The most unpredictable election ever? Don’t believe it

Polls have their problems. But don’t buy into the panic about local variation making the result impossible to call. If we can only gauge the national vote share, explains a member of the exit poll team, the old swingometer could still prove its worth

November 18, 2019
Photo: Claire Doherty/SIPA USA/PA Images
Photo: Claire Doherty/SIPA USA/PA Images
Voters are volatile. The two party system has suffered a two-pronged attack. Social media campaigns are bigger, with more micro-targeting. Fake news is on the rise. Many MPs have resigned, making it easier for challenger parties in their seats. Former cabinet ministers are standing as independents. There isn’t just one national election, but 650 different contests. Many constituencies will have close results, as the fragmentation of the vote means some candidates will win with less than a third of the vote. So, some say, this is the most unpredictable election... ever!

Haven’t we heard much of this before? Wasn’t the two-party system under attack in 2015? Weren’t there big changes in vote intention during the campaign in 2017, and 2010 for that matter? So is this really the most unpredictable election ever? Yes, yes, yes and no.

For an election to be predictable we need to have confidence in a forecasting method with sufficient accuracy. What is sufficient depends on what’s being asked. For the most crucial question of who gets to govern, more precision will be needed if the election is close. Conversely, it doesn’t matter much to most people if forecasters get the scale of a landslide wrong, so long as they identify the right party winning big.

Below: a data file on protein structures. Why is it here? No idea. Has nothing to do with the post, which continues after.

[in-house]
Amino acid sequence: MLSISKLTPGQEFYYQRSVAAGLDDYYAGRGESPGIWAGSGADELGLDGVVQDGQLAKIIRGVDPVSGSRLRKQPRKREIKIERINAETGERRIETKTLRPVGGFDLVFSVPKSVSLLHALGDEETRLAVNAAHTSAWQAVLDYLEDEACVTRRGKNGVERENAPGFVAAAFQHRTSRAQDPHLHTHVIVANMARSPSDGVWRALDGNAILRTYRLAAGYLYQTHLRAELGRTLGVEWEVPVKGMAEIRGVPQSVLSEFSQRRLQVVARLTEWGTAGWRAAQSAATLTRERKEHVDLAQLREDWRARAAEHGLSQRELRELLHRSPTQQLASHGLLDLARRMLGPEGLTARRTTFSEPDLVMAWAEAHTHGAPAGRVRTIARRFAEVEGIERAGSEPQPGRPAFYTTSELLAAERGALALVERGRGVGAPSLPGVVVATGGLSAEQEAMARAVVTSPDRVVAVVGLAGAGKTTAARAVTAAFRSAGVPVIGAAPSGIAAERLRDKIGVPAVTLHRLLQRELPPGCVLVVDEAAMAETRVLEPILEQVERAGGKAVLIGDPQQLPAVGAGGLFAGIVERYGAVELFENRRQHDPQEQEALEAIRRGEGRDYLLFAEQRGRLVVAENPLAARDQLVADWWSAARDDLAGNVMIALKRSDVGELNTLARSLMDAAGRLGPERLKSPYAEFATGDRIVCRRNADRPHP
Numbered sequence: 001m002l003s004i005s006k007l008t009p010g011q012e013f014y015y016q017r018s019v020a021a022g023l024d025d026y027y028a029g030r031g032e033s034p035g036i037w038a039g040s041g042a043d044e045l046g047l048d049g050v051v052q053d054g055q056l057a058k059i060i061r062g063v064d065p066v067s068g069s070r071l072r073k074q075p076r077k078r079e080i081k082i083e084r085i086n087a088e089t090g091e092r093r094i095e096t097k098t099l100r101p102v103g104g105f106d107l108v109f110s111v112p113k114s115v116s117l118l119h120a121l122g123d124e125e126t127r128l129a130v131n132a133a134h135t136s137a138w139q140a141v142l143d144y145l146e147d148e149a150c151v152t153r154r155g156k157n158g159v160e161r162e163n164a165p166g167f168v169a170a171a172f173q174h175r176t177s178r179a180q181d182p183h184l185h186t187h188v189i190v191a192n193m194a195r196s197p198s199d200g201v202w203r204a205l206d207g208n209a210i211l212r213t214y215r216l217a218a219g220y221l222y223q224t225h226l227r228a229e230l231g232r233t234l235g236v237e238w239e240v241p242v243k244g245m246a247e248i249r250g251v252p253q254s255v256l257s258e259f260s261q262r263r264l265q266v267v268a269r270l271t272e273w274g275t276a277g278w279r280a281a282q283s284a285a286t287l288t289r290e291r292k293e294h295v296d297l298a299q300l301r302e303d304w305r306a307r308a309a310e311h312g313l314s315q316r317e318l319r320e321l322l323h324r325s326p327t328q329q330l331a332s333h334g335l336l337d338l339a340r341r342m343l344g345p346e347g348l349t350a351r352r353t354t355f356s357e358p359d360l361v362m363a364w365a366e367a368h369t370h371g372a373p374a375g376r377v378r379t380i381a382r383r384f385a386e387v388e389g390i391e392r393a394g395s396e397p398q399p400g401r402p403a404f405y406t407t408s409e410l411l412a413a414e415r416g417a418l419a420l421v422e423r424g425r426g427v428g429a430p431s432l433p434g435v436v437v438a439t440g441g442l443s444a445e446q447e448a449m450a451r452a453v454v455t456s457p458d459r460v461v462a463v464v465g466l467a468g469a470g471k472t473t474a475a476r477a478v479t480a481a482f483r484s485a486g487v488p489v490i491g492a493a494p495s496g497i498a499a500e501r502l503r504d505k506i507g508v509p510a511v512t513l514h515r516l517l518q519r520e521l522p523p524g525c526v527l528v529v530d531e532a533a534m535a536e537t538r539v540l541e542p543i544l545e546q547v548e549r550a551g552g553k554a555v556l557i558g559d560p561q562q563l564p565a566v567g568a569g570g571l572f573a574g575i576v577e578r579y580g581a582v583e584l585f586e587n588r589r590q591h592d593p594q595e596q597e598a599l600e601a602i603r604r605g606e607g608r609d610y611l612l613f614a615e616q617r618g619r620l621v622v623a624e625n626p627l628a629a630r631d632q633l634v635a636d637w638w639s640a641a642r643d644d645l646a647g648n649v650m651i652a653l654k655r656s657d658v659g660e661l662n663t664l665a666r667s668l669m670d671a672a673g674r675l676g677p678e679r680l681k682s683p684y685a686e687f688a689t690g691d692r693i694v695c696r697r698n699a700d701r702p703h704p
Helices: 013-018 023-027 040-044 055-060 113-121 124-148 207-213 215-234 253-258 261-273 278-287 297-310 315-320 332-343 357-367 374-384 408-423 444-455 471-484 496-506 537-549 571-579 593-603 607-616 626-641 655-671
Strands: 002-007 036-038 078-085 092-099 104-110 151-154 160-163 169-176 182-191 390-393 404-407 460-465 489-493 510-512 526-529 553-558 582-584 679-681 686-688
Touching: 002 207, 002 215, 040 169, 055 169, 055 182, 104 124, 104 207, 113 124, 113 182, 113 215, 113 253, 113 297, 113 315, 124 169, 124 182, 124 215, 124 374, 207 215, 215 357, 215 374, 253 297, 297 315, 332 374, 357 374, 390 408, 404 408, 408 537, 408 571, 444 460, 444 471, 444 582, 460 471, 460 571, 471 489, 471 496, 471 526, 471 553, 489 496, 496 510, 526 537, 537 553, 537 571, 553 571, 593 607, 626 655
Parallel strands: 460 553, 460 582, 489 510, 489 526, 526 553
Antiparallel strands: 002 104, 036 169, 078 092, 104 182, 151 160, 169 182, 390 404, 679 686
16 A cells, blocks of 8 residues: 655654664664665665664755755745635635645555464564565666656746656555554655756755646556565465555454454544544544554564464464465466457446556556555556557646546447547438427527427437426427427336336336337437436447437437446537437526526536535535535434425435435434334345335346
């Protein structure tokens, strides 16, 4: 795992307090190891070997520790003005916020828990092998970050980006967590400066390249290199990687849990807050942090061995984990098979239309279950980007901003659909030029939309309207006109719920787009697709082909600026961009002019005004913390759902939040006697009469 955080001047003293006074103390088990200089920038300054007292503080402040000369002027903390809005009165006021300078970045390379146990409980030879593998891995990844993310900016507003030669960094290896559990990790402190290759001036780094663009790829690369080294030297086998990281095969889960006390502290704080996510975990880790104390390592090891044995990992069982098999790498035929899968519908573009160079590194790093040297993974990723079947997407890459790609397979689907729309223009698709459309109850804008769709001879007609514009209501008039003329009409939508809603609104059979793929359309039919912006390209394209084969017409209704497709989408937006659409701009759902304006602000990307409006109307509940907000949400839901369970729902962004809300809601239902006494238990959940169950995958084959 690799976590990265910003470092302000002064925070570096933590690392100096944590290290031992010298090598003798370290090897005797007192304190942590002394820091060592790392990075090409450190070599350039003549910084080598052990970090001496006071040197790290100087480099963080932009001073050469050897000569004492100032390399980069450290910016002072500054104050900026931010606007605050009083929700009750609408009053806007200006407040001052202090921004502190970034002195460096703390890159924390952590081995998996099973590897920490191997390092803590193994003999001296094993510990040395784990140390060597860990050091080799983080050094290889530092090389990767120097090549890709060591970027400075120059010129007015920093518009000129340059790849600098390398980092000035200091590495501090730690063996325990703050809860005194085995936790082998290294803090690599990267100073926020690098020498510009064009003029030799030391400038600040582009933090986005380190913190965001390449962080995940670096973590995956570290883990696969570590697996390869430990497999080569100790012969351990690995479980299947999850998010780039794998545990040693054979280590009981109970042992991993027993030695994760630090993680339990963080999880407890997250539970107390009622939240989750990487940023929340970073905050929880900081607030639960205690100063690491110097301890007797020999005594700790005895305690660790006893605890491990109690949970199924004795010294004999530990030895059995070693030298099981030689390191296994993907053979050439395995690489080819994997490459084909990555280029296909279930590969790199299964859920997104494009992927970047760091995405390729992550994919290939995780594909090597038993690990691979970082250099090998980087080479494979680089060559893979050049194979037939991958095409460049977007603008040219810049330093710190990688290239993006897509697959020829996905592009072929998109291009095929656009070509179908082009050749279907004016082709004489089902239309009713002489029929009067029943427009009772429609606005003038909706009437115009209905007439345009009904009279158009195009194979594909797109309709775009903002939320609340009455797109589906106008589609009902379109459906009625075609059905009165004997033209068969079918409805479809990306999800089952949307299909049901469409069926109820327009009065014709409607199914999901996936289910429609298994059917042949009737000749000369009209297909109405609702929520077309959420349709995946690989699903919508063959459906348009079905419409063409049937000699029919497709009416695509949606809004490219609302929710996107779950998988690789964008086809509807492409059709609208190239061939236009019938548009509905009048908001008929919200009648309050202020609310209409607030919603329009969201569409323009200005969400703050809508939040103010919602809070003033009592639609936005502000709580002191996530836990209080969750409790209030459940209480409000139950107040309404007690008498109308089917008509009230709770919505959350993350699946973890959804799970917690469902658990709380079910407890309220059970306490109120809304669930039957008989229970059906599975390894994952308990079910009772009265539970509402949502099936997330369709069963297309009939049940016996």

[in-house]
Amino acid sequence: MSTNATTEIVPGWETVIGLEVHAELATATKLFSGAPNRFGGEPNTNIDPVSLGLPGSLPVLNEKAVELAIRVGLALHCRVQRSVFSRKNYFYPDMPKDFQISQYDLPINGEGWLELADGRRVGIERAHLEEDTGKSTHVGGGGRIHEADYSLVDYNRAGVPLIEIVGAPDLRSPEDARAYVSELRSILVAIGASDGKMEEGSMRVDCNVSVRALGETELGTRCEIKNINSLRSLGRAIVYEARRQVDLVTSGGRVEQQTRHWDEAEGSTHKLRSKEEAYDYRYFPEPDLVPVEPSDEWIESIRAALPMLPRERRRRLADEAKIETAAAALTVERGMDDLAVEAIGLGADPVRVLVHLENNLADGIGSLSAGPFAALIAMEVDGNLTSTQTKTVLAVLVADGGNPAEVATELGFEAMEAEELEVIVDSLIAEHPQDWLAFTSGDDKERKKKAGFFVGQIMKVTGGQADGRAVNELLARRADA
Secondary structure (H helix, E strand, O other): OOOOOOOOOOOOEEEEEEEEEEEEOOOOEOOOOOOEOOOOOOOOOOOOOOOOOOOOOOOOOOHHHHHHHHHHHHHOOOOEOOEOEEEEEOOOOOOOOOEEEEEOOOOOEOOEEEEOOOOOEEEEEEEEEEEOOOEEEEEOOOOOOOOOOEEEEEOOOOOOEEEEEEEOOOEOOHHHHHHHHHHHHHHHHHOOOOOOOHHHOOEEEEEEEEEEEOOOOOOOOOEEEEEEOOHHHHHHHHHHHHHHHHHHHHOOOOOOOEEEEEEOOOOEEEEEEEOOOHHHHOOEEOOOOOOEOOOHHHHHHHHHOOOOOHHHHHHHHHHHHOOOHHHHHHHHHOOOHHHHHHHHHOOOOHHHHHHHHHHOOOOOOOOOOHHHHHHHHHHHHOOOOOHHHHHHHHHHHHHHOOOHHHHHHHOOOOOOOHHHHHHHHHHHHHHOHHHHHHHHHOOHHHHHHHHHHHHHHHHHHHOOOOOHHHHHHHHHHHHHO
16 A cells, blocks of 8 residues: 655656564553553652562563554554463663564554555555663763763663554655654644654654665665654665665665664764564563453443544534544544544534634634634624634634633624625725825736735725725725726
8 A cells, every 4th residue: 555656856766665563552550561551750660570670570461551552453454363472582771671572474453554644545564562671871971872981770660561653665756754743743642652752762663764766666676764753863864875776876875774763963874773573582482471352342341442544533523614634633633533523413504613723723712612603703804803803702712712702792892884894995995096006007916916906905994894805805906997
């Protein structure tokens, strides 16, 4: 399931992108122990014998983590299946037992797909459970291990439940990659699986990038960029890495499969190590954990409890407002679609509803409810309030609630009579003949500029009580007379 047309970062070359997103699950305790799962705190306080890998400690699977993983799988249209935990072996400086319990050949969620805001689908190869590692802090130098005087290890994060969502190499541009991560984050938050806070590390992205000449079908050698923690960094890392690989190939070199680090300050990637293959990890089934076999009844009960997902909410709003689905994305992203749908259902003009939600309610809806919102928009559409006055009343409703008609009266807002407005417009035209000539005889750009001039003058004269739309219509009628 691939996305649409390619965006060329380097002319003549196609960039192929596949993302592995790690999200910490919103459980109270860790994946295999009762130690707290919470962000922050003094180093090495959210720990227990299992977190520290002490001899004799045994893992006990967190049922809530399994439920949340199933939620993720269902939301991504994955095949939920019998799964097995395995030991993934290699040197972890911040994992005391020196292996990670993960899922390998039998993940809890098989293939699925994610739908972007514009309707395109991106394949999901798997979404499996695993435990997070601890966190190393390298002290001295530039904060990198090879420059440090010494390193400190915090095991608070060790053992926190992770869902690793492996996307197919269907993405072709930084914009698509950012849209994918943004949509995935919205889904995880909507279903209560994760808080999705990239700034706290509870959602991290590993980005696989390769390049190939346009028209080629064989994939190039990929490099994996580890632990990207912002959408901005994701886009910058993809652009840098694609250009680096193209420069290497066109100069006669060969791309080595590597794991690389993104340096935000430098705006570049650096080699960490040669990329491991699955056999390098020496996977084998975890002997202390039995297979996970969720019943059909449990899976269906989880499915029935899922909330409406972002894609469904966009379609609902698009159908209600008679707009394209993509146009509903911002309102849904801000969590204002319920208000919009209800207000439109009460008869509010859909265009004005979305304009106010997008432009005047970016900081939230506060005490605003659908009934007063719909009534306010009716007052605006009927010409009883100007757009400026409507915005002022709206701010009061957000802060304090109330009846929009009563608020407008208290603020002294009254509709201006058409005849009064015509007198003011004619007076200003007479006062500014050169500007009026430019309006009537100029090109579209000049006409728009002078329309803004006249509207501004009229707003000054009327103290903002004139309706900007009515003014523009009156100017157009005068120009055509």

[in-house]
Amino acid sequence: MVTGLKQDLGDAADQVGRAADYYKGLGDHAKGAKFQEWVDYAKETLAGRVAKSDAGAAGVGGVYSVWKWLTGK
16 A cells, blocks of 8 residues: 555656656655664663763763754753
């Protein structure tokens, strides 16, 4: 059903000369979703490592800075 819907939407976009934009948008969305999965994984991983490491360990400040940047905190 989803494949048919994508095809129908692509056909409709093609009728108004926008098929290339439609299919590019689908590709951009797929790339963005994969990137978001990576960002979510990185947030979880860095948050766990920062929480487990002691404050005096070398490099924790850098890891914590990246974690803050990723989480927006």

In that sense we can’t (yet) predict the outcome of this election with much confidence. The Conservative lead over Labour in the polls is narrower than what it was at the same stage before the 2017 election. A lot changed in the final month last time, so we can’t rule out the possibility that opinion will change dramatically before polling day. That’s not to say that we should expect the same pattern of change, or any change at all. But many voters have already switched their votes and vote intentions at some point since 2017. Even if nothing changes between now and election day, this will still—by the traditional measure of change since the last election—be one of the most volatile elections on record.

Many pundits were overconfident about the chances of a Tory landslide in 2017. They are not making the same mistake again. But that’s not much protection against making a different mistake; it could even raise the risk of that.

The overconfidence last time round reflected the presumption that campaign periods don’t produce much change. Actually there’s usually a change of at least a couple of points for one or both of the main parties in the final month, but it is not memorable since it rarely changes the character of the result. The 2015 campaign polls were especially flat, and many drew the wrong lesson from the failure of the Liberal Democrats to win any extra seats in 2010. Cleggmania, they concluded, didn’t really happen. Actually the Lib Dems ended the campaign a massive eight points higher in the polls than when they started.

Risk of systematic polling error, of the kind that we only discover when the results come in, is another reason why it is hard to predict elections. While the average of the polls at the moment is pointing to a comfortable Tory majority of around 56, if there is a polling miss of the scale we saw in 2015 and 1992, but to Labour’s advantage, then the Tories would be short of a majority by nine seats.

Last time one or two pollsters got close to the eventual result in the end, so we might hope this will happen again, but it’s not much use if we don’t know which one or two polls it will be in advance. So the question is whether polling might have learned the lessons and got better? Don’t bank on it: international research by Will Jennings and Christopher Wlezien has shown that polls have not been getting systematically better or worse around the world, they just haven’t been very precise for many years.

What about all the complexities of constituency contests between different parties in different parts of Britain? Don’t they make national vote-intention polls useless and make this election unpredictable? Perhaps it will turn out like that, but historically constituency variation, while it exists, hasn’t mattered that much for headline seat outcomes.